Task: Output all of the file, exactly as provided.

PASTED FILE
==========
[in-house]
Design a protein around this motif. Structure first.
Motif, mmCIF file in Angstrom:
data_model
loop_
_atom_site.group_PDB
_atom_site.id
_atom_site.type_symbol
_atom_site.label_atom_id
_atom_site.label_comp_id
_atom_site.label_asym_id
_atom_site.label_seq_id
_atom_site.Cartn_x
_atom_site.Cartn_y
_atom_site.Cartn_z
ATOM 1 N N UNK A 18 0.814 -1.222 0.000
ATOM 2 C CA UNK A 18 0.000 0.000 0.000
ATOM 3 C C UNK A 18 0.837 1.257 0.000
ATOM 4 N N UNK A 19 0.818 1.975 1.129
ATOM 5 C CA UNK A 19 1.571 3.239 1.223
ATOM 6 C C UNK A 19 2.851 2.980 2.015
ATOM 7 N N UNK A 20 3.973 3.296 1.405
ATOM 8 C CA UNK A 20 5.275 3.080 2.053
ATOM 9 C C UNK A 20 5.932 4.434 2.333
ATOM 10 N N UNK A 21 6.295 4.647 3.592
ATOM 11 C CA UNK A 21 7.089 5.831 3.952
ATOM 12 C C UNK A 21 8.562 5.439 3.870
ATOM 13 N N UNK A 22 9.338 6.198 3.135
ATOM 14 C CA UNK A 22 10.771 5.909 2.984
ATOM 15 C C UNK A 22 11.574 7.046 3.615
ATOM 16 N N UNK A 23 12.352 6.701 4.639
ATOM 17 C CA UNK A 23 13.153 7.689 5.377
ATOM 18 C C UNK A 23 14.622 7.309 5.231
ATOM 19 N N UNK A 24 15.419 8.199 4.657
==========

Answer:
[in-house]
Design a protein around this motif. Structure first.
Motif, mmCIF file in Angstrom:
data_model
loop_
_atom_site.group_PDB
_atom_site.id
_atom_site.type_symbol
_atom_site.label_atom_id
_atom_site.label_comp_id
_atom_site.label_asym_id
_atom_site.label_seq_id
_atom_site.Cartn_x
_atom_site.Cartn_y
_atom_site.Cartn_z
ATOM 1 N N UNK A 18 0.814 -1.222 0.000
ATOM 2 C CA UNK A 18 0.000 0.000 0.000
ATOM 3 C C UNK A 18 0.837 1.257 0.000
ATOM 4 N N UNK A 19 0.818 1.975 1.129
ATOM 5 C CA UNK A 19 1.571 3.239 1.223
ATOM 6 C C UNK A 19 2.851 2.980 2.015
ATOM 7 N N UNK A 20 3.973 3.296 1.405
ATOM 8 C CA UNK A 20 5.275 3.080 2.053
ATOM 9 C C UNK A 20 5.932 4.434 2.333
ATOM 10 N N UNK A 21 6.295 4.647 3.592
ATOM 11 C CA UNK A 21 7.089 5.831 3.952
ATOM 12 C C UNK A 21 8.562 5.439 3.870
ATOM 13 N N UNK A 22 9.338 6.198 3.135
ATOM 14 C CA UNK A 22 10.771 5.909 2.984
ATOM 15 C C UNK A 22 11.574 7.046 3.615
ATOM 16 N N UNK A 23 12.352 6.701 4.639
ATOM 17 C CA UNK A 23 13.153 7.689 5.377
ATOM 18 C C UNK A 23 14.622 7.309 5.231
ATOM 19 N N UNK A 24 15.419 8.199 4.657